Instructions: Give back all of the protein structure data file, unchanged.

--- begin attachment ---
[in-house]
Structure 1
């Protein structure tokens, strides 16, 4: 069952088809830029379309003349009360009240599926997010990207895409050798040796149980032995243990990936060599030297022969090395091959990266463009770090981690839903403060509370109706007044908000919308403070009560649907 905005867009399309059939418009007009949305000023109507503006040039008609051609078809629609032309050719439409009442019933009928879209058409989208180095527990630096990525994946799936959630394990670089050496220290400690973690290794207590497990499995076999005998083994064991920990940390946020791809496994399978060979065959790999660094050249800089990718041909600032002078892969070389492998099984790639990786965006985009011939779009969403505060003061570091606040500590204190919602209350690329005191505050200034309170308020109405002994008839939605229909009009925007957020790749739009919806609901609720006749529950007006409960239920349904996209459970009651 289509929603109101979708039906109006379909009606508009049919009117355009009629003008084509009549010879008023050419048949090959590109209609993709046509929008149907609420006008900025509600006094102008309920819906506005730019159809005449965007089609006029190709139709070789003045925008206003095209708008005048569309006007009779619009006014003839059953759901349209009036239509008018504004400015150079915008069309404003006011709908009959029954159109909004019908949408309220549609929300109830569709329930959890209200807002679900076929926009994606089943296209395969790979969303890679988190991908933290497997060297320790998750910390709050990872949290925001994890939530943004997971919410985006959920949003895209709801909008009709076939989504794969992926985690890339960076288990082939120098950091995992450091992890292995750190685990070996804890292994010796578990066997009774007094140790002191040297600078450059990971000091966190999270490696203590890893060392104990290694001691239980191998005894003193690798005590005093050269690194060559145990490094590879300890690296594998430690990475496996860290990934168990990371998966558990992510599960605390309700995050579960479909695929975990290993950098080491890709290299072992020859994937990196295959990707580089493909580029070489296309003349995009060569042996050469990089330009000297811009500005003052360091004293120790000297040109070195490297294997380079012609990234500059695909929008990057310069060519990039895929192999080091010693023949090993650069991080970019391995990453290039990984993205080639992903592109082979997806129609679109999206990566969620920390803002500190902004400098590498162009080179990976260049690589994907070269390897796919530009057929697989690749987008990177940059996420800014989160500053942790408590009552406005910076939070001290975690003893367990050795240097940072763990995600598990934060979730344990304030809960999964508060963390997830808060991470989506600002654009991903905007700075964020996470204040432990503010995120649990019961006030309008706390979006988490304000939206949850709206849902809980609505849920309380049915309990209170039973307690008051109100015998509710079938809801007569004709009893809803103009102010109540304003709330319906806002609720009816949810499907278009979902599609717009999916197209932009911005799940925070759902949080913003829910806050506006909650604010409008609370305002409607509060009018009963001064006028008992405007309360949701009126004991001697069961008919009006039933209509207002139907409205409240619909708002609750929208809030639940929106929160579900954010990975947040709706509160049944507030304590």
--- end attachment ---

[in-house]
Structure 1
């Protein structure tokens, strides 16, 4: 069952088809830029379309003349009360009240599926997010990207895409050798040796149980032995243990990936060599030297022969090395091959990266463009770090981690839903403060509370109706007044908000919308403070009560649907 905005867009399309059939418009007009949305000023109507503006040039008609051609078809629609032309050719439409009442019933009928879209058409989208180095527990630096990525994946799936959630394990670089050496220290400690973690290794207590497990499995076999005998083994064991920990940390946020791809496994399978060979065959790999660094050249800089990718041909600032002078892969070389492998099984790639990786965006985009011939779009969403505060003061570091606040500590204190919602209350690329005191505050200034309170308020109405002994008839939605229909009009925007957020790749739009919806609901609720006749529950007006409960239920349904996209459970009651 289509929603109101979708039906109006379909009606508009049919009117355009009629003008084509009549010879008023050419048949090959590109209609993709046509929008149907609420006008900025509600006094102008309920819906506005730019159809005449965007089609006029190709139709070789003045925008206003095209708008005048569309006007009779619009006014003839059953759901349209009036239509008018504004400015150079915008069309404003006011709908009959029954159109909004019908949408309220549609929300109830569709329930959890209200807002679900076929926009994606089943296209395969790979969303890679988190991908933290497997060297320790998750910390709050990872949290925001994890939530943004997971919410985006959920949003895209709801909008009709076939989504794969992926985690890339960076288990082939120098950091995992450091992890292995750190685990070996804890292994010796578990066997009774007094140790002191040297600078450059990971000091966190999270490696203590890893060392104990290694001691239980191998005894003193690798005590005093050269690194060559145990490094590879300890690296594998430690990475496996860290990934168990990371998966558990992510599960605390309700995050579960479909695929975990290993950098080491890709290299072992020859994937990196295959990707580089493909580029070489296309003349995009060569042996050469990089330009000297811009500005003052360091004293120790000297040109070195490297294997380079012609990234500059695909929008990057310069060519990039895929192999080091010693023949090993650069991080970019391995990453290039990984993205080639992903592109082979997806129609679109999206990566969620920390803002500190902004400098590498162009080179990976260049690589994907070269390897796919530009057929697989690749987008990177940059996420800014989160500053942790408590009552406005910076939070001290975690003893367990050795240097940072763990995600598990934060979730344990304030809960999964508060963390997830808060991470989506600002654009991903905007700075964020996470204040432990503010995120649990019961006030309008706390979006988490304000939206949850709206849902809980609505849920309380049915309990209170039973307690008051109100015998509710079938809801007569004709009893809803103009102010109540304003709330319906806002609720009816949810499907278009979902599609717009999916197209932009911005799940925070759902949080913003829910806050506006909650604010409008609370305002409607509060009018009963001064006028008992405007309360949701009126004991001697069961008919009006039933209509207002139907409205409240619909708002609750929208809030639940929106929160579900954010990975947040709706509160049944507030304590």